1) Type 3 hair absorbs water easier than type 4 hair regardless of porosity. I can always tell wen someone’s hair type is different from mine, by the way it reacts to just water. Water droplets tend to visibly sit on top of type 4 hair longer.
2) Type 3 hair strands are usually fine, even if hair is extremely thick and dense.
3) Type 3 hair instantly starts to define itself when water touches it. Mainly because it naturally clumps. Styling products just help with moisture, sculpting, and holding the curl. Type 4 hair takes a bit more effort and technique to define and clump. A lot of type 4’s do braid outs and twist-outs as protective styles, so that their hair clumps. Hair clumping is good because it prevents excessive breakage since strands bind themselves together, eliminating single strand knots.
4) Type 4 hair shrinks more than type 3 hair. For example, a person with looser curls may have shoulder length hair in its natural state, and when they straighten it, it only extends a few inches. However Type 4 hair experiences a lot of shrinkage, hence the reason for always trying to ‘stretch’ their hair, with braid outs, and twists outs, etc. When hair like that is straightened, it could seem like a dramatic difference in length.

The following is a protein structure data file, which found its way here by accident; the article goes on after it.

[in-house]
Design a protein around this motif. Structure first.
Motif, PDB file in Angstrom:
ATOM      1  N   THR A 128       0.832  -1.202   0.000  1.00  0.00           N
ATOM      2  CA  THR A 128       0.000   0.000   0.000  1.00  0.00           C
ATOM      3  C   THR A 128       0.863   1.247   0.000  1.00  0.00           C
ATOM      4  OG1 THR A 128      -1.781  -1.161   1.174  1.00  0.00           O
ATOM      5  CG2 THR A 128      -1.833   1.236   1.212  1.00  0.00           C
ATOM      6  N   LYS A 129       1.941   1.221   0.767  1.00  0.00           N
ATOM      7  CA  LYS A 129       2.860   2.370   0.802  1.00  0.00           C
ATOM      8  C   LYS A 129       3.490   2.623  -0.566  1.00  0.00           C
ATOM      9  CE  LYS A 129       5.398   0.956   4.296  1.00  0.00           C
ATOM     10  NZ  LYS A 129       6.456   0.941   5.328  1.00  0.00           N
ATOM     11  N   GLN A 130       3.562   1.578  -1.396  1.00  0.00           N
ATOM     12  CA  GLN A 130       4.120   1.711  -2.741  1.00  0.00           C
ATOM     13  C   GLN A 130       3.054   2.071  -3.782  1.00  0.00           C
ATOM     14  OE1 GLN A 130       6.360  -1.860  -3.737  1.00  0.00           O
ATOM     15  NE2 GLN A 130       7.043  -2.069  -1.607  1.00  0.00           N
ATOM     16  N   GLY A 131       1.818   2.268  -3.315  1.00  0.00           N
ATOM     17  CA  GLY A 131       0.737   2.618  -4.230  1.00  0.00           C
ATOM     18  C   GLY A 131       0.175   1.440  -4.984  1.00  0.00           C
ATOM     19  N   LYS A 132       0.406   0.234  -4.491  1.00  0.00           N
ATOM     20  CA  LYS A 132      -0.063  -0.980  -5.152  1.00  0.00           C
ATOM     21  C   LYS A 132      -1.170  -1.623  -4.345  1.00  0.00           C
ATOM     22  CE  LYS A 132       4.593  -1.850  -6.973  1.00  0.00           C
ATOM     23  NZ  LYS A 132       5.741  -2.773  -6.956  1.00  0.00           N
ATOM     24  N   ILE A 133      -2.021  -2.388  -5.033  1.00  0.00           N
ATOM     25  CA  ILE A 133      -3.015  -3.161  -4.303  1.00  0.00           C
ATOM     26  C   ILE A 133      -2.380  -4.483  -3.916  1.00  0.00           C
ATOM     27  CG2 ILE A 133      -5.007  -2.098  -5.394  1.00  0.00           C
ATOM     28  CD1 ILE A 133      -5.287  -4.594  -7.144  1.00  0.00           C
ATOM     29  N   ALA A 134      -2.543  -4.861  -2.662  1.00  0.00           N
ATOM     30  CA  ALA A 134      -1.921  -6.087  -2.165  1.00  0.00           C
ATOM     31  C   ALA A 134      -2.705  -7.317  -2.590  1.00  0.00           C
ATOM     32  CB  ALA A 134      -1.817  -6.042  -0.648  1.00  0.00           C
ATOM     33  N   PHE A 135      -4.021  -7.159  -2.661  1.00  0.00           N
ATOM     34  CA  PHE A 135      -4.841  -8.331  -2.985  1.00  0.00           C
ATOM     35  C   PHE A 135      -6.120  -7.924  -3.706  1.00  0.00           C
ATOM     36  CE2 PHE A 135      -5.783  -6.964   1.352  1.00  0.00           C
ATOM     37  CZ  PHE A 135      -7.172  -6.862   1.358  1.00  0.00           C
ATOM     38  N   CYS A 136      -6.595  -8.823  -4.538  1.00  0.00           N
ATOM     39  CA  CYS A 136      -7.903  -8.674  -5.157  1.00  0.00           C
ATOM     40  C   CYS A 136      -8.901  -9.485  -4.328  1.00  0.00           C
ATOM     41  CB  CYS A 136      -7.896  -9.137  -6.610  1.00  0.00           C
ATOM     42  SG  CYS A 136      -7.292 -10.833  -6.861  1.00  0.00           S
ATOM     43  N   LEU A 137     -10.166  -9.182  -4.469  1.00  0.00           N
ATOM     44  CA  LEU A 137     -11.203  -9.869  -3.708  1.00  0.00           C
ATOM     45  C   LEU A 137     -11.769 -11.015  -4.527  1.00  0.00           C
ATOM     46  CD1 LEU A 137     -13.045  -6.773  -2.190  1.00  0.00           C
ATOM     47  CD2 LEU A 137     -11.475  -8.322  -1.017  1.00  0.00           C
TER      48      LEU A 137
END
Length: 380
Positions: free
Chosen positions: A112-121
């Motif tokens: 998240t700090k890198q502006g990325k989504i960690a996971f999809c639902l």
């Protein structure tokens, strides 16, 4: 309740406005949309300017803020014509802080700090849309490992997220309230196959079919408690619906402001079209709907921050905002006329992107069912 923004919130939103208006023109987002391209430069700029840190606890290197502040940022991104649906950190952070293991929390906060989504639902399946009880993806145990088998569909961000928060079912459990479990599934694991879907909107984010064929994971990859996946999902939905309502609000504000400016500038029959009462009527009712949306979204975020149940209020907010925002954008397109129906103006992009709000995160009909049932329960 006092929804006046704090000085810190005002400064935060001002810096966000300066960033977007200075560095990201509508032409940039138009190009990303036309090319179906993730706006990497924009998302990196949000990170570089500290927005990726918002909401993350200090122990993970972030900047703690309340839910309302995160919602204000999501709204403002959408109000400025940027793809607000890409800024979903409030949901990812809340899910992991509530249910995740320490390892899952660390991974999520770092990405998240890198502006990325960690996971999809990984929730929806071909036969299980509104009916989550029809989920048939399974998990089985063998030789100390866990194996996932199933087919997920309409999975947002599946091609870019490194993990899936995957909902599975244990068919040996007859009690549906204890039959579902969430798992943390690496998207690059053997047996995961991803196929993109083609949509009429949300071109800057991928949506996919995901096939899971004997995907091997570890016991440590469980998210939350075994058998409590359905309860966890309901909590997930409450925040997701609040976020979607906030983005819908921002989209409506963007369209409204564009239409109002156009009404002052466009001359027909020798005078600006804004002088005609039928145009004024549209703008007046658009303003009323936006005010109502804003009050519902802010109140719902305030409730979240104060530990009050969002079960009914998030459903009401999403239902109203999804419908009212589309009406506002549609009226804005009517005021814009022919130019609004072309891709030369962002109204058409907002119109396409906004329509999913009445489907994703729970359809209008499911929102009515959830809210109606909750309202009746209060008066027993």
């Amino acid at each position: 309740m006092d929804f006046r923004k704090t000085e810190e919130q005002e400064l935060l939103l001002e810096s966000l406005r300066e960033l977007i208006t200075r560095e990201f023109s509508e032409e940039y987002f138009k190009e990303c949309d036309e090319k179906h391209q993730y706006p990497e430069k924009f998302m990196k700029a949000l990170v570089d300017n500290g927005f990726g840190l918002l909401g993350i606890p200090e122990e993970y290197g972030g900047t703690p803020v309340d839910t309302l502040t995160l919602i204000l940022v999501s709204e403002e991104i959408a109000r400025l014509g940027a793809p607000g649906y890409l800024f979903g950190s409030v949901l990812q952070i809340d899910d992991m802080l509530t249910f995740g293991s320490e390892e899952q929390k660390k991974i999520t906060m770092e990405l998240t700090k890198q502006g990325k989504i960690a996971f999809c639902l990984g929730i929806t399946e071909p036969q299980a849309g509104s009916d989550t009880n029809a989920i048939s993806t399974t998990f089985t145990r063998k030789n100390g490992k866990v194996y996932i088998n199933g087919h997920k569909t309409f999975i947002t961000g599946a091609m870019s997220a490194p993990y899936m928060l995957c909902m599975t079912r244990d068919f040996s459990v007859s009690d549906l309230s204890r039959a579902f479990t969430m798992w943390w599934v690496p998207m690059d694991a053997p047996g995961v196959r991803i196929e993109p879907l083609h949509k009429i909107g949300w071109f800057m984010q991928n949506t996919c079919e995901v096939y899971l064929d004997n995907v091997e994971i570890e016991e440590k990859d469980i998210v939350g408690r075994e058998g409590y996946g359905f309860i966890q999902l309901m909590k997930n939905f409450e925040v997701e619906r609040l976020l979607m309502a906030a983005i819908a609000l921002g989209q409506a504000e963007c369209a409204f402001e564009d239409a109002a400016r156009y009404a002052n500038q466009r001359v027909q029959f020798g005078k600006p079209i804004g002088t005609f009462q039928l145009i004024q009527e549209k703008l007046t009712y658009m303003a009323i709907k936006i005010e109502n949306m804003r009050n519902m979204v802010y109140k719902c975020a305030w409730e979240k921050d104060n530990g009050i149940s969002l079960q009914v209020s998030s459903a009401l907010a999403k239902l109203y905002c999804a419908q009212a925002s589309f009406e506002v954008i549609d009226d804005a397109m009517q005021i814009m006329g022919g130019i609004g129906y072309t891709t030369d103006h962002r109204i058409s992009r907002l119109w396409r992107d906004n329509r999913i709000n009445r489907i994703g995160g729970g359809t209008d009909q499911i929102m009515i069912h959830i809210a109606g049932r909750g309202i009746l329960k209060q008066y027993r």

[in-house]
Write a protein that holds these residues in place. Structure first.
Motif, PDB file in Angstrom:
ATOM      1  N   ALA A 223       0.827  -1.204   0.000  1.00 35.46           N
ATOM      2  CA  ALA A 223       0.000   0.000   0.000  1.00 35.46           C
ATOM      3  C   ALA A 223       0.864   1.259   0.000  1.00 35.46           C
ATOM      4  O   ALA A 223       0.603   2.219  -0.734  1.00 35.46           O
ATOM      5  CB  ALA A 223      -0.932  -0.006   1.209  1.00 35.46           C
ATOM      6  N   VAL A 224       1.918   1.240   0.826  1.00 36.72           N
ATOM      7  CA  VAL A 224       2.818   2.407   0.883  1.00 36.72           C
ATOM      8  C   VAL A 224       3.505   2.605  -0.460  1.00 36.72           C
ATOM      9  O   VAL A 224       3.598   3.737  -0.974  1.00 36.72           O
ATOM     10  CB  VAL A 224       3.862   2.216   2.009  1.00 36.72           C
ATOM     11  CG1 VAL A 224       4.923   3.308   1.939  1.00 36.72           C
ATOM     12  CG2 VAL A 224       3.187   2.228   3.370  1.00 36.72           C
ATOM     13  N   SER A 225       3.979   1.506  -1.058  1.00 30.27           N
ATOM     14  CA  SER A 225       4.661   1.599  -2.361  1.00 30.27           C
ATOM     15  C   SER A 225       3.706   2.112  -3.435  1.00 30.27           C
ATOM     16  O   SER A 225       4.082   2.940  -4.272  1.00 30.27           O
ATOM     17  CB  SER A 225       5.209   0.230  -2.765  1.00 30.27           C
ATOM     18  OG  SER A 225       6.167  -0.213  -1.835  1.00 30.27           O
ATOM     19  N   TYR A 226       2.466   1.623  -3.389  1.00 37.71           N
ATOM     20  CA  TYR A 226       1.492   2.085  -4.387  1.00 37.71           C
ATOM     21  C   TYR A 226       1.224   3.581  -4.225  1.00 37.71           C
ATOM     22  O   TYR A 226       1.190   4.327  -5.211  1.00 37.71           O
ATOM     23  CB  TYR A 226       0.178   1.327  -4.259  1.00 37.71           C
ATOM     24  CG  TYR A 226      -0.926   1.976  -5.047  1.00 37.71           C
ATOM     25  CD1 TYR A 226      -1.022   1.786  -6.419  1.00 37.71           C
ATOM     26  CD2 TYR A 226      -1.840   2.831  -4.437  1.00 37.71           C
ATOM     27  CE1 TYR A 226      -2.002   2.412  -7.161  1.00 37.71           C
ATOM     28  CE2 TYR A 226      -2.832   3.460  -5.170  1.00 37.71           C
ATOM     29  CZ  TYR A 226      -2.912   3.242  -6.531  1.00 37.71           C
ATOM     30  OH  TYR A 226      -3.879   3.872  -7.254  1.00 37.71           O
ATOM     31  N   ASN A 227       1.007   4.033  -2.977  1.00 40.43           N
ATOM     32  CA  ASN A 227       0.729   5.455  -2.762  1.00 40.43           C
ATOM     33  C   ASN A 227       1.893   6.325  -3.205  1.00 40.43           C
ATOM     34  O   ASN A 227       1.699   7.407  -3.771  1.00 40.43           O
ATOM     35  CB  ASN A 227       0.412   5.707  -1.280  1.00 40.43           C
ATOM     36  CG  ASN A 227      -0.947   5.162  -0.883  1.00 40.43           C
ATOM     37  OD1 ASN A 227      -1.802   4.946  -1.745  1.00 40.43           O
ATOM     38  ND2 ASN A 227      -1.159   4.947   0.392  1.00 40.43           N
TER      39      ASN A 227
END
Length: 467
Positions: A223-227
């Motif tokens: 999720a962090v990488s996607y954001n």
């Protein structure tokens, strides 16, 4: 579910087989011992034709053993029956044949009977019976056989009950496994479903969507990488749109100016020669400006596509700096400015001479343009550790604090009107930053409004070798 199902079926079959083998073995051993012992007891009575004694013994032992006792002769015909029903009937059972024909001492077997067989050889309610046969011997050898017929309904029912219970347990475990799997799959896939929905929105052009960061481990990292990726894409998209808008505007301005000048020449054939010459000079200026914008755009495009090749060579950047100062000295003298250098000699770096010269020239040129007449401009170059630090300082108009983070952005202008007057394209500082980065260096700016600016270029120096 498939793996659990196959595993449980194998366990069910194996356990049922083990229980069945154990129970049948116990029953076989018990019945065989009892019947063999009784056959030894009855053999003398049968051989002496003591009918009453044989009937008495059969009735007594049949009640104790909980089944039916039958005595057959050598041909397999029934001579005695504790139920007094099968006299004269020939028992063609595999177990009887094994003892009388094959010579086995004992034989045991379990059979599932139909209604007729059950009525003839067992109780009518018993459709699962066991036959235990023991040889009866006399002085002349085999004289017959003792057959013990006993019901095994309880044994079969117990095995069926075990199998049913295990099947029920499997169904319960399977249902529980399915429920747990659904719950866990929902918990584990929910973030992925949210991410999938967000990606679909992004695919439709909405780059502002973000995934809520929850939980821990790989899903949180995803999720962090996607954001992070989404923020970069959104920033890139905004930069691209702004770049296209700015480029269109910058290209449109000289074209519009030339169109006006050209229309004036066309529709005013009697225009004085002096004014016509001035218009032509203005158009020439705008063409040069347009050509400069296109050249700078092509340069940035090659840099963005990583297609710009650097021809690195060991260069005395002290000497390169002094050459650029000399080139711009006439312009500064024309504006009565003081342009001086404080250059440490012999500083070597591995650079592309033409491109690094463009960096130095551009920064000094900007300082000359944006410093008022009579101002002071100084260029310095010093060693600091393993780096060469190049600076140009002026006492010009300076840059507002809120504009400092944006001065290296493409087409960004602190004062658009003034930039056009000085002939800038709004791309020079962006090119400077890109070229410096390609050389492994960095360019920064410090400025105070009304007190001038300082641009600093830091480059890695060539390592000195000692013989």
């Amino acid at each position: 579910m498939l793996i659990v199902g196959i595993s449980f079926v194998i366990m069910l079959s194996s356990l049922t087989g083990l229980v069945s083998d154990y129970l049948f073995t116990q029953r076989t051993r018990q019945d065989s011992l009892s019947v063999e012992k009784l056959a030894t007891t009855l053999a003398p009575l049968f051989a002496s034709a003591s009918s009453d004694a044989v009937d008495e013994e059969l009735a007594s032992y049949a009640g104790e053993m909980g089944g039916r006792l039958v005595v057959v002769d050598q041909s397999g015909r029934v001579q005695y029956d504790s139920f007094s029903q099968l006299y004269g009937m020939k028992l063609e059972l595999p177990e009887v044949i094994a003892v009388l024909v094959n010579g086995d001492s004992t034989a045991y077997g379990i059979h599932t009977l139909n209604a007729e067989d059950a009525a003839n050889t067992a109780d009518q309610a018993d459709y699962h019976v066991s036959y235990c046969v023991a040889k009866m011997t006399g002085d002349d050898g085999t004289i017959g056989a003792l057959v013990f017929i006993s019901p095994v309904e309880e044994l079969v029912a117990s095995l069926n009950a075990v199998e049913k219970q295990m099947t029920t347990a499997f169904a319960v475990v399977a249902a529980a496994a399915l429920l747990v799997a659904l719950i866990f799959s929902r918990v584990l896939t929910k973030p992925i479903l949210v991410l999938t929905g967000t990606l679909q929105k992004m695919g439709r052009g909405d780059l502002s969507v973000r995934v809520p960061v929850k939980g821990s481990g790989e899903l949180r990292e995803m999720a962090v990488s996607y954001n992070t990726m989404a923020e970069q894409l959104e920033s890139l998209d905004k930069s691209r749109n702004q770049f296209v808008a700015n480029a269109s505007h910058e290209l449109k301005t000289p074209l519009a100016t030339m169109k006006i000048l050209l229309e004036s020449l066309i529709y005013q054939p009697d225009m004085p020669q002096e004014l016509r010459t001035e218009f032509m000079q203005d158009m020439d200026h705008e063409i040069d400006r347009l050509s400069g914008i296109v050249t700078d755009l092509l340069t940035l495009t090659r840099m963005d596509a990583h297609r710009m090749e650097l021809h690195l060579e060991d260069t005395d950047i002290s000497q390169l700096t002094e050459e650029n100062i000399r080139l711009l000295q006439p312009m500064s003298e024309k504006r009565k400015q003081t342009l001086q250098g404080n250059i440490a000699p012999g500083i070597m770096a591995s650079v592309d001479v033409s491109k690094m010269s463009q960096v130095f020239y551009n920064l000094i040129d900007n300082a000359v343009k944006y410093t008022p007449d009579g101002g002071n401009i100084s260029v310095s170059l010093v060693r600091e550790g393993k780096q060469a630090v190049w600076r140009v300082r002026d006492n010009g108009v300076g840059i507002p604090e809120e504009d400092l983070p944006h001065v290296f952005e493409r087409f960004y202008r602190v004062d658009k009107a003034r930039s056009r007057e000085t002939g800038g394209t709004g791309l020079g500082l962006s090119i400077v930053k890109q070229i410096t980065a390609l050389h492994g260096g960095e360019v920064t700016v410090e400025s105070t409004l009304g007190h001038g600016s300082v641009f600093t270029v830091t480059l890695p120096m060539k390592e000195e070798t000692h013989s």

Most people have a mixture of textures (realistically 1 pattern up or down), but I like to keep it simple, and label my pattern the texture which dominates my hair (3C). I have 3B curls in the front, but overall, 3C.
Below are pictures of type 3 A-4C hair. Remember, just use it as a guide, because no two hair textures are identically alike. Instead of just going by the pics to figure out your hair type, focus on the descriptions.
Type 3 A
Type 3a curls show a definite loopy “S” pattern. -Curls are well-defined and springy.
-Big, loose, sidewalk-chalk size curls
-Well defined. Looks like it may have been set with medium sized rollers, and slightly teased
Too much product easily weighs this hair type down. Oil is too heavy. Opt for sealing with hair serum.
-Well-defined, springy, copious curls that range from bouncy ringlets to corkscrews.
-Spirally. Circumference are sharpie size.
Texture that starts off the ‘coarser texture’ types.
Too much product will weigh hair down. Opt for light water based products and creams. Control frizz and seal with serums. Oil may be too heavy; r opt for light ones like olive oil, grapes-eed, and jojoba oil.
Note: My pictures here actually show people with a mixture of type 3C and 3b hair, but as I’ve said, I make things simple by classifying hair types based on the texture that dominates one’s hair.